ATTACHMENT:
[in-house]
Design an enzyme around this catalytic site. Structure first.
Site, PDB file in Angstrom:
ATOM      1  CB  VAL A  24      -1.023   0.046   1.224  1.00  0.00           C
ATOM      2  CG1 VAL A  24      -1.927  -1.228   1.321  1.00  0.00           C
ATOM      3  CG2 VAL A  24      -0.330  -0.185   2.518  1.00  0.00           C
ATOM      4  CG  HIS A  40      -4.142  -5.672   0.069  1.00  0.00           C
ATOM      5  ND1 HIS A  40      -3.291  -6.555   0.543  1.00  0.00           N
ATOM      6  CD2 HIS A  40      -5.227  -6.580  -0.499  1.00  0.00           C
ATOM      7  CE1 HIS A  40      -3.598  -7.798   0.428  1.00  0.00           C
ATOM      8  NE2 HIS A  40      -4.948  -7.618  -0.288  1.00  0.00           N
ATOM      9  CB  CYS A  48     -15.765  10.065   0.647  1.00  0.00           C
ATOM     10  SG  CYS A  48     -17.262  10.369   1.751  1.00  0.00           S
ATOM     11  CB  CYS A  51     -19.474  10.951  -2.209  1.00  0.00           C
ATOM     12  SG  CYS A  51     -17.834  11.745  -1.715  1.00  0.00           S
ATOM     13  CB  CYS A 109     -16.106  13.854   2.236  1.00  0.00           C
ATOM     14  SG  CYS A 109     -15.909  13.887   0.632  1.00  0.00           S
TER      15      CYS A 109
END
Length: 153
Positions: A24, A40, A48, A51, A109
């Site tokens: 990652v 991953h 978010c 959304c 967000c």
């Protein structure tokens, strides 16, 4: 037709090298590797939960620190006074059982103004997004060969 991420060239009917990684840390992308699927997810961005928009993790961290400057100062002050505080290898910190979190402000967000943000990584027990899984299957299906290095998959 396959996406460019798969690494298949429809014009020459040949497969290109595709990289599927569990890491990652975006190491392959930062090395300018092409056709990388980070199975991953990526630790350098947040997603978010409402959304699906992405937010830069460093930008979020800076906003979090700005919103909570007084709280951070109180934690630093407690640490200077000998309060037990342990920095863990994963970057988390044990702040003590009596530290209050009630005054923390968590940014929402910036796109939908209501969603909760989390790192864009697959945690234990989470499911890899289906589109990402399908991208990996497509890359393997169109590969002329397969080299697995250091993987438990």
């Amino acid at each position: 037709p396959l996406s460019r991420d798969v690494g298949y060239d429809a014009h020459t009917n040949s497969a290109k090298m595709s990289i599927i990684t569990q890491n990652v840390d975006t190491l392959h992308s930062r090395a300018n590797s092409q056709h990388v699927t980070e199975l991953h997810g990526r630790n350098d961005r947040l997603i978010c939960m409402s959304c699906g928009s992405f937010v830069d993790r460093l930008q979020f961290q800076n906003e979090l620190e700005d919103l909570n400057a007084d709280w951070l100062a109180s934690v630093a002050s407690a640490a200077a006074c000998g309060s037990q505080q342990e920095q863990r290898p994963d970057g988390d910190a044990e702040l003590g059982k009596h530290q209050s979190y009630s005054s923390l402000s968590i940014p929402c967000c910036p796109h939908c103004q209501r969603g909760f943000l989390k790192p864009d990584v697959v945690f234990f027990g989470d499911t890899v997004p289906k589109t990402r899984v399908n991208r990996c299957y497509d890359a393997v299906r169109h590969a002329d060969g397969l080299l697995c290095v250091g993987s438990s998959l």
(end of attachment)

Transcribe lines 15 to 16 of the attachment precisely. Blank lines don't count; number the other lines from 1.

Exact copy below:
ATOM     12  SG  CYS A  51     -17.834  11.745  -1.715  1.00  0.00           S
ATOM     13  CB  CYS A 109     -16.106  13.854   2.236  1.00  0.00           C